The Japas children have also carried on the family’s legacy of missions and medical work. Claudio earned a Doctorate in Public Health and worked for the General Conference serving local communities in Central Asia for nearly three years before returning to Texas to work at Carlos’s practice. Melissa is a nurse practitioner in California, and Daniel is a hospitalist at Texas Health Huguley Hospital Fort Worth South. In addition, they are all active in their local churches and have spent at least one year overseas doing mission work, these trips undoubtedly influenced by the many mission trips the family took during their tenure as Pathfinder leaders during the kids’ teenage years.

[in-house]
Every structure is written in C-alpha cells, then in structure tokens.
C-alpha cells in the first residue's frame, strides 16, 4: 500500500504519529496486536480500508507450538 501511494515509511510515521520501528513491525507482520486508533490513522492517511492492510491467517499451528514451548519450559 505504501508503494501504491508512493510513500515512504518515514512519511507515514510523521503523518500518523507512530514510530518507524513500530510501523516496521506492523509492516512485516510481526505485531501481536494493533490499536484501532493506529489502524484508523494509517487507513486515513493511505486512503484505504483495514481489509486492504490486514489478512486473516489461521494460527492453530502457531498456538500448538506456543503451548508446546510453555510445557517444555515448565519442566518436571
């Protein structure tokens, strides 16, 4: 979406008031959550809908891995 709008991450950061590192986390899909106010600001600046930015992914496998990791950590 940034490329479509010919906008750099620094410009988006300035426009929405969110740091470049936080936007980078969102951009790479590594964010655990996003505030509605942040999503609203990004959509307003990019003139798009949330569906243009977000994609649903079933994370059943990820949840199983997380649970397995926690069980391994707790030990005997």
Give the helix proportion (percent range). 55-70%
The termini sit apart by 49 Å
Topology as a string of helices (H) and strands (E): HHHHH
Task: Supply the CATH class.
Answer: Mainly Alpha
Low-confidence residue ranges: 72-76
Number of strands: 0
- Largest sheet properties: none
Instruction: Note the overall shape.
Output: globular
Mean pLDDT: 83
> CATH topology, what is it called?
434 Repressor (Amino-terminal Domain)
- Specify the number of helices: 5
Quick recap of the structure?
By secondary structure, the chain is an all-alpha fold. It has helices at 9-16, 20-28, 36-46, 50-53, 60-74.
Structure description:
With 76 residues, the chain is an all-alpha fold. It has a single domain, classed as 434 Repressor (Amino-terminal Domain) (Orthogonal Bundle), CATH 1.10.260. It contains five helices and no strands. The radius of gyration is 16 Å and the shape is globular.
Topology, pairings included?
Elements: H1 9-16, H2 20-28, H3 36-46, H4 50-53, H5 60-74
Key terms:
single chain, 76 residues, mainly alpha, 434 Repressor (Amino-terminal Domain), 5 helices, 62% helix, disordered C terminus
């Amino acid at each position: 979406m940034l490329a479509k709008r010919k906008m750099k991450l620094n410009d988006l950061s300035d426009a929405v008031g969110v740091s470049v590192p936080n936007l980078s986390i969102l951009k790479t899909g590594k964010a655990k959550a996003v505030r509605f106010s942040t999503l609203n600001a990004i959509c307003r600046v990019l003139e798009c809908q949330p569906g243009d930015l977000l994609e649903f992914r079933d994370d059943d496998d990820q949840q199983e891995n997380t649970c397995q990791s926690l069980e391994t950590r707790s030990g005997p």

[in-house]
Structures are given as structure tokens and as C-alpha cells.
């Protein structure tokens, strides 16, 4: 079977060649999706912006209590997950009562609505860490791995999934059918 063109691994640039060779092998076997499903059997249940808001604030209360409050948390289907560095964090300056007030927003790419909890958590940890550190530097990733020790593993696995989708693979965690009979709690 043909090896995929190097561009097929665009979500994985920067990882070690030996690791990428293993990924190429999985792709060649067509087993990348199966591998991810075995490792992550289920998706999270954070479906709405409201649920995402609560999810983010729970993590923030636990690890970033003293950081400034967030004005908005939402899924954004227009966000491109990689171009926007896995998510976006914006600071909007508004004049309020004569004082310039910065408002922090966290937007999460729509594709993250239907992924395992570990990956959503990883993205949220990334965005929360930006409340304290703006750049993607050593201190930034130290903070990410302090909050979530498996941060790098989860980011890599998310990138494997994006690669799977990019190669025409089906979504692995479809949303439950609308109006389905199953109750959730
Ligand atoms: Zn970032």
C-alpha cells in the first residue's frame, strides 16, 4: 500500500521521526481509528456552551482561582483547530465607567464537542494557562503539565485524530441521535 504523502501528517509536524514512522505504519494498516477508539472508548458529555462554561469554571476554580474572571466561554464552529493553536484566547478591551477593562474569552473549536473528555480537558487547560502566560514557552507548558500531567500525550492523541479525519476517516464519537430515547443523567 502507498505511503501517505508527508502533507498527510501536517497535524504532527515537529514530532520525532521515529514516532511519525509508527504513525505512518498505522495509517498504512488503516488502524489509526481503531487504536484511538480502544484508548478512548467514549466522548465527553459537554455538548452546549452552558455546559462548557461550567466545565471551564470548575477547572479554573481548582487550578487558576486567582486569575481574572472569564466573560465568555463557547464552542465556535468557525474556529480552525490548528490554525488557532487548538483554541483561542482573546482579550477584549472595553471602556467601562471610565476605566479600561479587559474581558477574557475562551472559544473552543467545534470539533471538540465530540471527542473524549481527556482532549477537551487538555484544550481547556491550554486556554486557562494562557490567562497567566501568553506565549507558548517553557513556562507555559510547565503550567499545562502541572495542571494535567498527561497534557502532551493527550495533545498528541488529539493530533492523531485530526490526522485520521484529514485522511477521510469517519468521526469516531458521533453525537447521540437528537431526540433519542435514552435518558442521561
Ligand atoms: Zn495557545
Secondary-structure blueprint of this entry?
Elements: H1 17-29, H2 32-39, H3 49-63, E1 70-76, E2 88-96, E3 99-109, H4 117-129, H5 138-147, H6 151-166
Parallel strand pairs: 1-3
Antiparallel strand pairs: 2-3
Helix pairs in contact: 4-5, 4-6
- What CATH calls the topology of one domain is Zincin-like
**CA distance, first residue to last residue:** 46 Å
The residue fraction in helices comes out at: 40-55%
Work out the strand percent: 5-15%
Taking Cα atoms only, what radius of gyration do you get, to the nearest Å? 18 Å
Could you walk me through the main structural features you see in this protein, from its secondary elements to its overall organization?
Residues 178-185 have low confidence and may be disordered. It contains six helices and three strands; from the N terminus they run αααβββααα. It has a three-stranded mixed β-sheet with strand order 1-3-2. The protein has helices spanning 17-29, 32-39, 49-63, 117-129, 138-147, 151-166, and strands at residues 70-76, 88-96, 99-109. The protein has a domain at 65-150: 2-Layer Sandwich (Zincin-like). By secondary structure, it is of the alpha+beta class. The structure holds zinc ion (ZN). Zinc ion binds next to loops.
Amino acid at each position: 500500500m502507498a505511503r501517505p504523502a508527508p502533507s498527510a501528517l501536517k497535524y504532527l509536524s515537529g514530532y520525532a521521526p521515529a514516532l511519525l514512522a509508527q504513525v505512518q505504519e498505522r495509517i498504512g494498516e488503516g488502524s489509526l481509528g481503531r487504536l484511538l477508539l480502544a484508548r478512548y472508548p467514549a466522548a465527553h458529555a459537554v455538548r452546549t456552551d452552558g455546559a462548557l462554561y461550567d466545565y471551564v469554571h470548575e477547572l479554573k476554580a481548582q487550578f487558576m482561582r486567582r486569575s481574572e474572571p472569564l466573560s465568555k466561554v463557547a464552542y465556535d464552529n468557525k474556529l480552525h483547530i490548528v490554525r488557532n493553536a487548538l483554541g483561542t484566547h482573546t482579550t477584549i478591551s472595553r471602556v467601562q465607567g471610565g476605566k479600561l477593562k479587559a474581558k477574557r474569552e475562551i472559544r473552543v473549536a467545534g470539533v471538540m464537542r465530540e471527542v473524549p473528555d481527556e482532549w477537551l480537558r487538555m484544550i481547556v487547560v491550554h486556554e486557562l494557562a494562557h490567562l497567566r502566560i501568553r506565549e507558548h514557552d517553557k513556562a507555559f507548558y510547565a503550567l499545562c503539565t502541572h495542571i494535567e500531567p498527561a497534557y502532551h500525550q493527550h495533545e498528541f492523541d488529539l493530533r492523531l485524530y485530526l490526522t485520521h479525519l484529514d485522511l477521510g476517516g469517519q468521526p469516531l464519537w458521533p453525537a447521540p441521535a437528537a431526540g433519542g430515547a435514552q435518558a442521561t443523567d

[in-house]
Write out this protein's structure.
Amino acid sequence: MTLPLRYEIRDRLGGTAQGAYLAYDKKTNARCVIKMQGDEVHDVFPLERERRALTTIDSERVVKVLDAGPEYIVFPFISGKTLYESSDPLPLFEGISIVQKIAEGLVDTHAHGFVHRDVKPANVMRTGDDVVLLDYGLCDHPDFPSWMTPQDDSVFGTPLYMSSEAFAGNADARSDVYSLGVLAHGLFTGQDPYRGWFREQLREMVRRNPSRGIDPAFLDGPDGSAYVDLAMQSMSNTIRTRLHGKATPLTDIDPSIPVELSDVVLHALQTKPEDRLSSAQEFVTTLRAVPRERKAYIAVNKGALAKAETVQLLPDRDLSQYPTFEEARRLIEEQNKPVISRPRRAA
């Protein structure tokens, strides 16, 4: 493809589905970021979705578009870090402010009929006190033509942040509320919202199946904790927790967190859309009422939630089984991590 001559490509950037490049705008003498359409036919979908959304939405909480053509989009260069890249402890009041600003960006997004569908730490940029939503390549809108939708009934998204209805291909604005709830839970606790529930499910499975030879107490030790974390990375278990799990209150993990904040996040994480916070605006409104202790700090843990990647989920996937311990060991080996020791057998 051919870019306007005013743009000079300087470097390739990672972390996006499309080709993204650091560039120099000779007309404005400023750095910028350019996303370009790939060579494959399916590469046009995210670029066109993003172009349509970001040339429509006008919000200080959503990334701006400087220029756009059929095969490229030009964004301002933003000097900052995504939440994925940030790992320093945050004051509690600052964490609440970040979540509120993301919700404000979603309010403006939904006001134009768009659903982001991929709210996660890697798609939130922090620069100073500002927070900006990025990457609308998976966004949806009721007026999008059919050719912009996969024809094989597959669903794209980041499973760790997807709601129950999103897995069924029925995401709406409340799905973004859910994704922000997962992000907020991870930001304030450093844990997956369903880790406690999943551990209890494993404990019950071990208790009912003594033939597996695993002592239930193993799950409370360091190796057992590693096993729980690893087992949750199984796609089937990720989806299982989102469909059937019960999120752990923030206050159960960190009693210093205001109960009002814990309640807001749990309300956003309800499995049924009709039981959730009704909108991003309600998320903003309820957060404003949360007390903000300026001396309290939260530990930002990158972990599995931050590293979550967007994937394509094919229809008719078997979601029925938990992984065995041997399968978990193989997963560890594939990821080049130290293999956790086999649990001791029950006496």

When asked what has led all three children to such lives of service, Gracie answers, “The secret is they have to see their parents live the same inside as they live outside. We always need to do something for the Lord. Our time is used to serve others.” Beyond this, if they could give one piece of advice to parents, or anyone else, for that matter, it would be this: “Above all, the most important thing is to teach your children to love Jesus. When you love Jesus, everything else follows.”
By Lindsey Gendke. Gendke is an associate professor in the English department at Southwestern Adventist University. Carlos and Graciela Japas are members of the Crowley Seventh-day Adventist Church in the Texas Conference.